alp ACAACCTGACTGACCCTTCG104
AATCCTGCCTCCTTCCACC
ocn TGGCCATCACCCTGTCTCCT229
GAGACCACTCCAGCACAACTCCT
aggrecan TGTAAGGACTGTCTATCTACACGCC147
TGGATGGTGATGTCGTCTTCAC
Type II collagen AAGACGGTGAGACGGGAGCC287
ACCATCAGTACCAGGAGTGCCAG
oct4 GATCACTCACATCGCCAATCA128
CTGTAGCCTCATACTCTTCTCGTT
c/ebp α AAGAGGACGAGGCGAAGCAGC132
GCGCGATCTGGAACTGCAAGT
Alg3 TACCTATCCCGCTCCTTTGAC171
CCCTGTTCTGTGCCACCTAC
Alg12 GGAGTCCTTGGGCTTGGTGTG191
CAGGCTGTGAGGGCTGGTAAGAC
β-actin CAGCCTTCCTTCTTGGGTAT100
TGGCATAGAGGTCTTTACGG

[i] RT-PCR, reverse transcription-polymerase chain reaction; qPCR, quantitative PCR; fabp4, fatty acid-binding protein 4; ppar γ, peroxisome proliferator-activated receptor γ; alp, alkaline phosphatase; ocn, osteocalcin; c/ebp α, CCATT̸enhancer-binding protein α.

For adipogenic differentiation, RA-pretreated EBs were trypsinized and plated onto gelatin-coated plates and cultured in adipogenic induction medium [DMEM supplemented with 1 μM dexamethasone, 200 μM indomethacin and 10 μg/ml insulin (both from Sigma-Aldrich, Merck KGaA), 0.5 mM methylisobutylxanthine (MP Biomedicals LLC, Santa Ana, CA, USA) and 10% FBS] for 20 days. The medium was changed every 3 days. At 5, 10, 15 and 20 days after induction, the specimens were processed for quantitative PCR (qPCR) to evaluate the expression of adipogenic differentiation-related genes, followed by immunofluorescence staining of c/ebp α and fabp4 (dilution 1:200; both from Santa Cruz Biotechnology, Inc.), as described above. The specimens were further stained with Oil red O. The proportion of cells undergoing adipogenic differentiation was calculated by counting Oil red O-positive and -negative cells using a microscope. Five fields of view were counted for each specimen, as previously described (26). The qPCR primers are listed in Table I.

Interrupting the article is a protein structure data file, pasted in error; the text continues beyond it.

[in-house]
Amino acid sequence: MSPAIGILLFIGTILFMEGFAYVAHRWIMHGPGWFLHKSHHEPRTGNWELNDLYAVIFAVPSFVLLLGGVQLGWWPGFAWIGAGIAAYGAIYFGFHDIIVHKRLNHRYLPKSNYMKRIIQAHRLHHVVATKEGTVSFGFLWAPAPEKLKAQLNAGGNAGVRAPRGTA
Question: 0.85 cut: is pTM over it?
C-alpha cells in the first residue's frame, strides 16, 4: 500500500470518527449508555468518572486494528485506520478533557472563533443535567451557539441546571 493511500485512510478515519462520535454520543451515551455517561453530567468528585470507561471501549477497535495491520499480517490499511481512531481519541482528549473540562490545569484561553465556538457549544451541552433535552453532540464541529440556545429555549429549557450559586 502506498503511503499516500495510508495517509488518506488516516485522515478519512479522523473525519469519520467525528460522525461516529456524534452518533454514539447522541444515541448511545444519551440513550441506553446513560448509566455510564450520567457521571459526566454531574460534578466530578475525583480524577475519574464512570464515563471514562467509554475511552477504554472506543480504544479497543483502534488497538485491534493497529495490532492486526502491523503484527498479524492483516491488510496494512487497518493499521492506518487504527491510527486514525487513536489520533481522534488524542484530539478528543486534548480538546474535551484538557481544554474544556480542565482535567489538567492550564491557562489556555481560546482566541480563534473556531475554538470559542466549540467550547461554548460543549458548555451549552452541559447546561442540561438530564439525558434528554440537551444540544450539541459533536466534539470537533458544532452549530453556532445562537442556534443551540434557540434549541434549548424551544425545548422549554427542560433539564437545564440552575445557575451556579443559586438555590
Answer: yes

Lectin microarrays and lectin histochemistry